Grantor (also known as Trustor):
The person(s) who creates the trust
The person(s) who manages the trust’s day-to-day operations
Any person who stands to inherit or benefit from the trust
A trust wherein the Grantor is living and usually acting as the trustee. The Grantor retains the full right to amend, change, or cancel the trust at any time.
A trust wherein the Grantor is not the trustee and has therefore given up some measures of control over the trust’s operation. Under New York State law, an irrevocable trust actually can be revoked if all parties to the trust (grantor, trustees, and beneficiaries) consent. The Medicaid Asset Protection Trust is a type of Irrevocable Trust.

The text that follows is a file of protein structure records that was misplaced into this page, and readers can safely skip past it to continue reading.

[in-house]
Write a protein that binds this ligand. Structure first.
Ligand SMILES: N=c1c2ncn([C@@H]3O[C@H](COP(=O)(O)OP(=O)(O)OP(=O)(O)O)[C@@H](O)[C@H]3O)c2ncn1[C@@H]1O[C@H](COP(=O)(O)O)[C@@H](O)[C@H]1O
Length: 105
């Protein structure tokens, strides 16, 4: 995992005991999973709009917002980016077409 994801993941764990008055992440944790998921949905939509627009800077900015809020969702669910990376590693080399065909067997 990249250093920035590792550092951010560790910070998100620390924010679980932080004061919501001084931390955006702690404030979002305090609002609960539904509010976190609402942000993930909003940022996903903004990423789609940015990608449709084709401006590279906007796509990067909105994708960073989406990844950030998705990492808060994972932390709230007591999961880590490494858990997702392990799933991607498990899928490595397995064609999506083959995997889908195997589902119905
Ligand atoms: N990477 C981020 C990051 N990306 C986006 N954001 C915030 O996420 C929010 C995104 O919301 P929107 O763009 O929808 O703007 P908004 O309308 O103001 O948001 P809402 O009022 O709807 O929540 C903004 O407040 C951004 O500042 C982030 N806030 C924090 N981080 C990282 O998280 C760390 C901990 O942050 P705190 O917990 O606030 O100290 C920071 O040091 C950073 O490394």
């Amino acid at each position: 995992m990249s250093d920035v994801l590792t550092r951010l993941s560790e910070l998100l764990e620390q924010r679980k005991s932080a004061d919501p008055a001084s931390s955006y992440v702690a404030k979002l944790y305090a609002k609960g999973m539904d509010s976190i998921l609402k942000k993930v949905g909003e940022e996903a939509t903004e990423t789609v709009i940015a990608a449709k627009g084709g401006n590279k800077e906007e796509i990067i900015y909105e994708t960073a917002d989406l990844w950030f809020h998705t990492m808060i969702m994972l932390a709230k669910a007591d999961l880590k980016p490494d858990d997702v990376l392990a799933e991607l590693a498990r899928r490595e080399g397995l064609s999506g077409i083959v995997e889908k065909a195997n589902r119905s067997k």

The annual salary for a trustee (a sliding scale that averages about a fraction of 1%) that is prescribed by New York State Law. Family members acting as trustee will almost never take the fee, but professionals like financial institutions will do so.
Inter Vivos Trust (also known as Living Trust):
Any trust that a Grantor signs and executes while he/she is living
A trust inside the language of a Will – the Trust is not set up until the individual dies and the Will goes through Probate